• He did not say (as our scholars do, in his name) that under our Constitution, U.S. elected officials may lawfully defy rulings of the Supreme Court with which they disagree.

But in fact, Lincoln did say every single thing that Blankenhorn here denies he said.  First, in a fragment of notes that the Collected Works editors date to probably January 1857—two months before the decision—Lincoln jotted this rumination on the position he expected Douglas to take:

It affirms that, whatever the Supreme Court may decide as to the constitutional restriction on the power of a territorial Legislature, in regard to slavery in the territory, must be obeyed, and enforced by all the departments of the federal government.

Now, if this is sound, as to this particular constitutional question, it is equally sound of all constitutional questions; so that the proposition substantially, is “Whatever decision the Supreme court makes on any constitutional question, must be obeyed, and enforced by all the departments of the federal government.”

Again, it is not the full scope of this creed, that if the Supreme court, having the particular question before them, shall decide that Dred Scott is a slave, the executive department must enforce the decision against Dred Scott. If this were its full scope, it is presumed, no one would controvert it’s correctness. But in this narrow scope, there is no room for the Legislative department to enforce the decision; while the creed affirms that all the departments must enforce it. The creed, then, has a broader scope; and what is it? It is this; that so soon as the Supreme court decides that Dred Scott is a slave, the whole community must decide that not only Dred Scott, but that all persons in like condition, are rightfully slaves.

It could hardly be clearer that the position Lincoln is preparing himself to criticize is . . . David Blankenhorn’s position today.

In his momentous speech on Dred Scott in Springfield on June 26, 1857—a speech Blankenhorn selectively quotes—Lincoln said this:

If this important decision had been made by the unanimous concurrence of the judges, and without any apparent partisan bias, and in accordance with legal public expectation, and with the steady practice of the departments throughout our history, and had been in no part, based on assumed historical facts which are not really true; or, if wanting in some of these, it had been before the court more than once, and had there been affirmed and re-affirmed through a course of years, it then might be, perhaps would be, factious, nay, even revolutionary, to not acquiesce in it as a precedent.

But when, as it is true we find it wanting in all these claims to the public confidence, it is not resistance, it is not factious, it is not even disrespectful, to treat it as not having yet quite established a settled doctrine for the country.

The following year, as he prepared for his debates with Stephen Douglas in the 1858 Senate campaign, Lincoln prepared notes for himself in which he said, “Some of us refuse to obey this decision as a political rule.”  In Chicago, on July 10, 1858, he said this:

I have expressed heretofore, and I now repeat, my opposition to the Dred Scott Decision, but I should be allowed to state the nature of that opposition, and I ask your indulgence while I do so. What is fairly implied by the term Judge Douglas has used “resistance to the Decision?” I do not resist it. If I wanted to take Dred Scott from his master, I would be interfering with property, and that terrible difficulty that Judge Douglas speaks of, of interfering with property, would arise. But I am doing no such thing as that, but all that I am doing is refusing to obey it as a political rule. If I were in Congress, and a vote should come up on a question whether slavery should be prohibited in a new territory, in spite of that Dred Scott decision, I would vote that it should. . . .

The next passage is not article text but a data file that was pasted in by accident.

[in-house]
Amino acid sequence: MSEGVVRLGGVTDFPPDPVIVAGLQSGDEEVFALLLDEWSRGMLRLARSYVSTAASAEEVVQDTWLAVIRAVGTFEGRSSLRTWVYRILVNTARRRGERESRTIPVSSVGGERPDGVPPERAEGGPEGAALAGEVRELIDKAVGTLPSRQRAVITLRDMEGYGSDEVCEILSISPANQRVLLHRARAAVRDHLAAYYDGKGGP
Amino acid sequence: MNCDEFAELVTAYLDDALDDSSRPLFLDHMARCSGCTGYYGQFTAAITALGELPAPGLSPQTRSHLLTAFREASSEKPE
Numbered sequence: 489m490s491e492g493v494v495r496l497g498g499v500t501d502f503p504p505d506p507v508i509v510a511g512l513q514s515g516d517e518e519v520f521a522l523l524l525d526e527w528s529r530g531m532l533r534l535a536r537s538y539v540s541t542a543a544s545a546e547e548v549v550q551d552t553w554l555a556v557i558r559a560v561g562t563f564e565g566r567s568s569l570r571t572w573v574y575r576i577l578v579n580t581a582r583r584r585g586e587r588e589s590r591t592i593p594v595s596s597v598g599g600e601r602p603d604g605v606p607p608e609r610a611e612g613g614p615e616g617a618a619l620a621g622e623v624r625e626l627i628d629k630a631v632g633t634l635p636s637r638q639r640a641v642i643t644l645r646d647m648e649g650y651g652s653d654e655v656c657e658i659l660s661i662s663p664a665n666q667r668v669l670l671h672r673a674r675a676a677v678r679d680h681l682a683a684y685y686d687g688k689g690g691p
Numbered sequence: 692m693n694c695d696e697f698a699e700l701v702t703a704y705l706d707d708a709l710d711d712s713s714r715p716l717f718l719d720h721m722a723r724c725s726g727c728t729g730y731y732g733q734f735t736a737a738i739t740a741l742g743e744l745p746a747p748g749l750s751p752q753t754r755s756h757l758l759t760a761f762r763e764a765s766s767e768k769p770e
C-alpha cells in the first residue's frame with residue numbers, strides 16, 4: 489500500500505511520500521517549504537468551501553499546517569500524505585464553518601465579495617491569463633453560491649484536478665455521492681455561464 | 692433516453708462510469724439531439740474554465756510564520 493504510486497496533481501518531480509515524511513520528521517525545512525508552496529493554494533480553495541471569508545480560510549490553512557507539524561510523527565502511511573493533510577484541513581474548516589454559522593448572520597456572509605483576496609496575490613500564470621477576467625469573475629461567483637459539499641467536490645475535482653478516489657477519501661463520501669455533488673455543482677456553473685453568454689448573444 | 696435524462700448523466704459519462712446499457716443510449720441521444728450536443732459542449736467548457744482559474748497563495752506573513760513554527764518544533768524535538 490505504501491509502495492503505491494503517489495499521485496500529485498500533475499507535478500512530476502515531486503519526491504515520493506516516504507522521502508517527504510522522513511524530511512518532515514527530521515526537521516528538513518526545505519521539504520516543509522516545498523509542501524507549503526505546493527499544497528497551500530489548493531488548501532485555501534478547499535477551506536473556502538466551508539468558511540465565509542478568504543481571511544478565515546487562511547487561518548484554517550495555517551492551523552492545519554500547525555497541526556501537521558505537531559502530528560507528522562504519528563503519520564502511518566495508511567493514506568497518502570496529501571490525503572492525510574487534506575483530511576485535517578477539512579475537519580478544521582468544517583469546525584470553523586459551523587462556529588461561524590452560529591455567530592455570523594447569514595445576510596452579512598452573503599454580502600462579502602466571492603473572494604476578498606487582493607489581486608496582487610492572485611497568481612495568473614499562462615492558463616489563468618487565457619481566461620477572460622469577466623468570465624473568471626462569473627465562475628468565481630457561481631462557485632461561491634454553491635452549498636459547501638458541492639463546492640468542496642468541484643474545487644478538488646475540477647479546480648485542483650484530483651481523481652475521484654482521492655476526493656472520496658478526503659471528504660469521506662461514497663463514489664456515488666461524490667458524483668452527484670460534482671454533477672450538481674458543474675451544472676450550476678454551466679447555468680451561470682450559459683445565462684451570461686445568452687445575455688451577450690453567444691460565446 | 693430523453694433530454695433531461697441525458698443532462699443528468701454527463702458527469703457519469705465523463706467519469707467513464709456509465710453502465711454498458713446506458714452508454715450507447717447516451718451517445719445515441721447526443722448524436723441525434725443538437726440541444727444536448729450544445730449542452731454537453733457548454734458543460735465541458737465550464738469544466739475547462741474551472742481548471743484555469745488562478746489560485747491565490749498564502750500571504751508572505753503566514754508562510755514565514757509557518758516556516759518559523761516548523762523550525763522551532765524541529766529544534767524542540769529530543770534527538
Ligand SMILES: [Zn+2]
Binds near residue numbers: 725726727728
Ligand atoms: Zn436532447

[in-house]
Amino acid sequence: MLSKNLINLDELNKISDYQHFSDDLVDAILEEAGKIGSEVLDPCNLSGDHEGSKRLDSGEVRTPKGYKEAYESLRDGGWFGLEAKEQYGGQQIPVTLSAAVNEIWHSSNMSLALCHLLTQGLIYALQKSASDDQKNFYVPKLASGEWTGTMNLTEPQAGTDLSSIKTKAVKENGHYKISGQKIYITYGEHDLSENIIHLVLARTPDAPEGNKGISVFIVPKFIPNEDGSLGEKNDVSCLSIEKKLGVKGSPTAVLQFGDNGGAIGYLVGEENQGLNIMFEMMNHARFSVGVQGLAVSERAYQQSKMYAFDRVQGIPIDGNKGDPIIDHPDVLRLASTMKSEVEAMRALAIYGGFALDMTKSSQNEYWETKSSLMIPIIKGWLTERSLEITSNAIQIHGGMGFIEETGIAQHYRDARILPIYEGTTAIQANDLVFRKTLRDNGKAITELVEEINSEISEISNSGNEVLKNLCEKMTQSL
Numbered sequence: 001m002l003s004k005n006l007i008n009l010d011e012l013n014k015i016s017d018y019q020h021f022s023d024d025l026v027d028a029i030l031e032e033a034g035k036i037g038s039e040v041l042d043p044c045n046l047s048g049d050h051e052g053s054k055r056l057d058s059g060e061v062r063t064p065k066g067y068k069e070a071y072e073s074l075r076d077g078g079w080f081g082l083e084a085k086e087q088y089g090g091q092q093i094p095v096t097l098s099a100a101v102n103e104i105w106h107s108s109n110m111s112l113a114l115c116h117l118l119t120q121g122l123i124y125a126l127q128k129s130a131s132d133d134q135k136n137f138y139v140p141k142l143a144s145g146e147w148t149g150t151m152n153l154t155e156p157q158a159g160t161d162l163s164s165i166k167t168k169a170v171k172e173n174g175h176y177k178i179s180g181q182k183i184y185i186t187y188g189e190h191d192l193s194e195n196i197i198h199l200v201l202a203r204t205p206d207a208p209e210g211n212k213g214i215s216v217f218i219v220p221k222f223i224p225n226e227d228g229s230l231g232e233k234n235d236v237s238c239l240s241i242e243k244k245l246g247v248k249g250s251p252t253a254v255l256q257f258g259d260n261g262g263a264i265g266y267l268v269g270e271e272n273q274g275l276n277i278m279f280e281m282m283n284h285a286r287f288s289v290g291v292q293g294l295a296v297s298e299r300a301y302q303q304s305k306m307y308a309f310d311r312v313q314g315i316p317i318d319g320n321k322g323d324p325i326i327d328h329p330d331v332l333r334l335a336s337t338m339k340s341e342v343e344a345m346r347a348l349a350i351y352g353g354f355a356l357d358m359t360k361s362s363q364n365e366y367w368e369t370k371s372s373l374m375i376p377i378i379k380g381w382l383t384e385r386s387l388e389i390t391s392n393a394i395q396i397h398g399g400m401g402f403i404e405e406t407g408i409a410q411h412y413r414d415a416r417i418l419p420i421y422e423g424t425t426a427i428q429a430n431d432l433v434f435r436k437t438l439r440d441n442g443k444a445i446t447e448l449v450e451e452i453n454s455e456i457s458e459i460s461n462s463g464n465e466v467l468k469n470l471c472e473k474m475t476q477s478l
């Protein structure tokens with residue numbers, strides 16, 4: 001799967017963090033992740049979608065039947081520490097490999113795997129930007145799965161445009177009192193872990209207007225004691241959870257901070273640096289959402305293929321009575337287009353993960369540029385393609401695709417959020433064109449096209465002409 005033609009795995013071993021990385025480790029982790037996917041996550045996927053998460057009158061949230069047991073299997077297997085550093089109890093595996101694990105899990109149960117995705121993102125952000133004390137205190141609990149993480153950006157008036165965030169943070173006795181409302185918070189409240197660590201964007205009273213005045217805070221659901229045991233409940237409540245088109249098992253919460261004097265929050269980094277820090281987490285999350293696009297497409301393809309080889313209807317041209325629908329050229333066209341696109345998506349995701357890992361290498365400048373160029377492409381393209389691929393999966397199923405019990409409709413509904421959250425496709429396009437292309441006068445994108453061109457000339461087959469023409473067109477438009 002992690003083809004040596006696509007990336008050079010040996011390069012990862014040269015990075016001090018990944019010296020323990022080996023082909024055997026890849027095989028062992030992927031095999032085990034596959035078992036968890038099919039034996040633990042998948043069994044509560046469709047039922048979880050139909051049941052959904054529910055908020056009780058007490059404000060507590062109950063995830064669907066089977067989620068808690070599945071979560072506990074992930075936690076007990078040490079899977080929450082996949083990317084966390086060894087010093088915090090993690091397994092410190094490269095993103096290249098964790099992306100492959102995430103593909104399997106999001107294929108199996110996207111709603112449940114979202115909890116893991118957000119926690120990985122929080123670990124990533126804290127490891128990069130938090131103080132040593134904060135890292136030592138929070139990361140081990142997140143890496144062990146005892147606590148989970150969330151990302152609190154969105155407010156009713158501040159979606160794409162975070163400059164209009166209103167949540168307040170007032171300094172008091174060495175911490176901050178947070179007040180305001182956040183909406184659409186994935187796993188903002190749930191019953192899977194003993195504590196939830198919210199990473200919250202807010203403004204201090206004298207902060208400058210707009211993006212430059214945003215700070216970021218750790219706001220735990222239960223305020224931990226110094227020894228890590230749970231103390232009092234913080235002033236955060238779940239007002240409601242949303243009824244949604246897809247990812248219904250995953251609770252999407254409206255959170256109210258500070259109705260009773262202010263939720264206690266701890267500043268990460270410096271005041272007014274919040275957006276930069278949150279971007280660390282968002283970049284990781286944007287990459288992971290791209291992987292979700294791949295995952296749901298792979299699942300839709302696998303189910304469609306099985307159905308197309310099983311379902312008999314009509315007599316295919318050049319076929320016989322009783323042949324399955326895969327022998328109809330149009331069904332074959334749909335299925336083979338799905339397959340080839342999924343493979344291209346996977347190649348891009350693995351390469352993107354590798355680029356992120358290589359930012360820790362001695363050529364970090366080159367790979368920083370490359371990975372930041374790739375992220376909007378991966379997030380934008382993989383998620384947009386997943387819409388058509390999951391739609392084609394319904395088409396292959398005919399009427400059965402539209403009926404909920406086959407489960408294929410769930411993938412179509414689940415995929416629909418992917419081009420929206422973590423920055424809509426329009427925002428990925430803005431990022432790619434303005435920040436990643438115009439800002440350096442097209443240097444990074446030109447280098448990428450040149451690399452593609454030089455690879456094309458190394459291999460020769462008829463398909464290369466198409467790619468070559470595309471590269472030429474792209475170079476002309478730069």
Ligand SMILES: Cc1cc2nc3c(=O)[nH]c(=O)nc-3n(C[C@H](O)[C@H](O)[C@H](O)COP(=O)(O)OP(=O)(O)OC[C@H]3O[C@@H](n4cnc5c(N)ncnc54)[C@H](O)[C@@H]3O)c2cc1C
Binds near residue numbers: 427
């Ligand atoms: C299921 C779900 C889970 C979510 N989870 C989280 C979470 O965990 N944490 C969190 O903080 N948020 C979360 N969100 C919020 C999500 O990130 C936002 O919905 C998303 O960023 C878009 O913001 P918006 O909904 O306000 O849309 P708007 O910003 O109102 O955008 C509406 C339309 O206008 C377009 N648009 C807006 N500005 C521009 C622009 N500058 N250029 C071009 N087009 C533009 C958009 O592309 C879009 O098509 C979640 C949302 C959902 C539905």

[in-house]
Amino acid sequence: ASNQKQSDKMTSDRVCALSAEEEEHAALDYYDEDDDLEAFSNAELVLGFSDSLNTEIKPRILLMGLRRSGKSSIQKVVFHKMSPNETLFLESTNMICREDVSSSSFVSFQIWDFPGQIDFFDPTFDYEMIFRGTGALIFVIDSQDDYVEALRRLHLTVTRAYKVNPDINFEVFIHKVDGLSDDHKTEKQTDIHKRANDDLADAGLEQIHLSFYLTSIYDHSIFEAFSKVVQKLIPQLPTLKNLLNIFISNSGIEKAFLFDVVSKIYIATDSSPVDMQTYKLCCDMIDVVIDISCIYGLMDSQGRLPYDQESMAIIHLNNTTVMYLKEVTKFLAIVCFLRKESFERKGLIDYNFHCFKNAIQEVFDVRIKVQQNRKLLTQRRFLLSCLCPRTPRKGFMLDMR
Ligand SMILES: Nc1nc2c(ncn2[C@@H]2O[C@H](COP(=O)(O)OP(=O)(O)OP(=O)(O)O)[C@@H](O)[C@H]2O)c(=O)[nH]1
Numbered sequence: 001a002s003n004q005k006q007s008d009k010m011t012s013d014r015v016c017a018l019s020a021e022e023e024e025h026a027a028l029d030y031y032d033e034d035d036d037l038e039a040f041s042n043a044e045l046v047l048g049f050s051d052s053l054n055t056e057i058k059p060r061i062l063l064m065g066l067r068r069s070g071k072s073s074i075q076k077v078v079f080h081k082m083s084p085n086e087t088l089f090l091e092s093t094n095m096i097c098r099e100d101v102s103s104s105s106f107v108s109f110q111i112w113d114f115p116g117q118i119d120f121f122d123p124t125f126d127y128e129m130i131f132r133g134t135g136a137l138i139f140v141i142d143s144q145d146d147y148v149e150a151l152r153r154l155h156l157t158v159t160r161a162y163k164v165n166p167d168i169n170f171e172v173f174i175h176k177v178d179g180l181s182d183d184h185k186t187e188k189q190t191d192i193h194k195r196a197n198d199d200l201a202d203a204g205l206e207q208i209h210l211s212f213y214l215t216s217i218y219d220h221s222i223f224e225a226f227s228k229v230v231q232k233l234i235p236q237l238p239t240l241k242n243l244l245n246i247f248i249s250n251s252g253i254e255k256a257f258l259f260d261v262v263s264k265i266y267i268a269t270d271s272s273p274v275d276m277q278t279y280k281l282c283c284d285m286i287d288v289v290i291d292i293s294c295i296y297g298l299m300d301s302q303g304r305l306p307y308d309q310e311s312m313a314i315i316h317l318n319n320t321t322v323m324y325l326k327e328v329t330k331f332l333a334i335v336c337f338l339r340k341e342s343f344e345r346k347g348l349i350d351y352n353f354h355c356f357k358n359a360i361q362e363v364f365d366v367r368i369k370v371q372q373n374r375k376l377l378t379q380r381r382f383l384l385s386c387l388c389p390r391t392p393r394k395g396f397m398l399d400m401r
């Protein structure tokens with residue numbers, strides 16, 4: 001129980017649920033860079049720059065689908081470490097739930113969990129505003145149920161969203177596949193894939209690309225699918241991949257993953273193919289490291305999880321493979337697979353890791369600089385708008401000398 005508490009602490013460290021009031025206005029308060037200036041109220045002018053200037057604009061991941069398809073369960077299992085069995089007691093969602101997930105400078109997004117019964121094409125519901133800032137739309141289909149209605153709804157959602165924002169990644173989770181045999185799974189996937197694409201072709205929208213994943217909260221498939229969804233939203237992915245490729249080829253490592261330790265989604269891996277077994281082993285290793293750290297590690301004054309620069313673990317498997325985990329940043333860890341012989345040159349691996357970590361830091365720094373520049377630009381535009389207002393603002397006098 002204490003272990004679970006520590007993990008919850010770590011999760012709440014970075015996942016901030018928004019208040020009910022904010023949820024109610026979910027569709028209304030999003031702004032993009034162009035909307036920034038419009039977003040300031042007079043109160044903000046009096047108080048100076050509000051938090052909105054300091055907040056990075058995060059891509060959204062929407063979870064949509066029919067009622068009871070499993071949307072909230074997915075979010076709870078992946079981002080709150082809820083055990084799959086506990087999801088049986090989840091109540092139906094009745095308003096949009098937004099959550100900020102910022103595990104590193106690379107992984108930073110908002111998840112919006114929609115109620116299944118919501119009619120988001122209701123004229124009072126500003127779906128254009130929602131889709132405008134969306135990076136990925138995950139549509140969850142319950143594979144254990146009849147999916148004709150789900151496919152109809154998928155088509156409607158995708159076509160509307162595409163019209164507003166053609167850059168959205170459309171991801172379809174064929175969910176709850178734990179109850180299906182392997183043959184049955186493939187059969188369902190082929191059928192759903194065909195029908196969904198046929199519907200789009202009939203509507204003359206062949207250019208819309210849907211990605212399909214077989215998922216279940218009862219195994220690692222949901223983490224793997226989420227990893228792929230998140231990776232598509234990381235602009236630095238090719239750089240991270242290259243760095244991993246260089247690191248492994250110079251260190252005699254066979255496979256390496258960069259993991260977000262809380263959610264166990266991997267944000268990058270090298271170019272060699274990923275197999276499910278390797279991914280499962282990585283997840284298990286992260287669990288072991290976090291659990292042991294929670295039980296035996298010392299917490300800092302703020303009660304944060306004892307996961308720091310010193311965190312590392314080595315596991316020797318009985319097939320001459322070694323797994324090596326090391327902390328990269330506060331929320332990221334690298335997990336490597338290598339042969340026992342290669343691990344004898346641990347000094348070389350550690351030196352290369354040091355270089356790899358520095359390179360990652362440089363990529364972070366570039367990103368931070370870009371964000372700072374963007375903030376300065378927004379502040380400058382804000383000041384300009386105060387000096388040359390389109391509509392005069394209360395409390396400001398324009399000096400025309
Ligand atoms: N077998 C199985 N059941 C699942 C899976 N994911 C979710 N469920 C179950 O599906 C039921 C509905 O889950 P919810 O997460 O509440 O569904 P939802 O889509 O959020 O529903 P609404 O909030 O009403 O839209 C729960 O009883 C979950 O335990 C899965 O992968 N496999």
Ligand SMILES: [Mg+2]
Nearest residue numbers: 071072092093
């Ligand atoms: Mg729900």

What are the uses of decisions of courts? They have two uses. As rules of property they have two uses. First—they decide upon the question before the court. They decide in this case that Dred Scott is a slave. Nobody resists that. Not only that, but they say to everybody else, that persons standing just as Dred Scott stands is [sic] as he is. That is, they say that when a question comes up upon another person it will be so decided again, unless the court decides in another way, unless the court overrules its decision. Well, we mean to do what we can to have the court decide the other way. That is one thing we mean to try to do.

The sacredness that Judge Douglas throws around this decision, is a degree of sacredness that has never been before thrown around any other decision. I have never heard of such a thing. Why, decisions apparently contrary to that decision, or that good lawyers thought were contrary to that decision, have been made by that very court before. It is the first of its kind; it is an astonisher in legal history.  It is based upon falsehood in the main as to the facts—allegations of facts upon which it stands are not facts at all in many instances, and no decision made on any question—the first instance of a decision made under so many unfavorable circumstances—thus  placed has ever been held by the profession as law, and it has always needed confirmation before the lawyers regarded it as settled law. But Judge Douglas will have it that all hands must take this extraordinary decision, made under these extraordinary circumstances, and give their vote in Congress in accordance with it, yield to it and obey it in every possible sense.

Can anyone distinguish Blankenhorn’s position from Douglas’s?  Of course, like Lincoln, we who oppose Obergefell “mean to try” to get the Supreme Court to “decide the other way.”  But how are we to do that, if we treat the ruling as the unquestioned law of the land and take no active steps to act on the opposite understanding?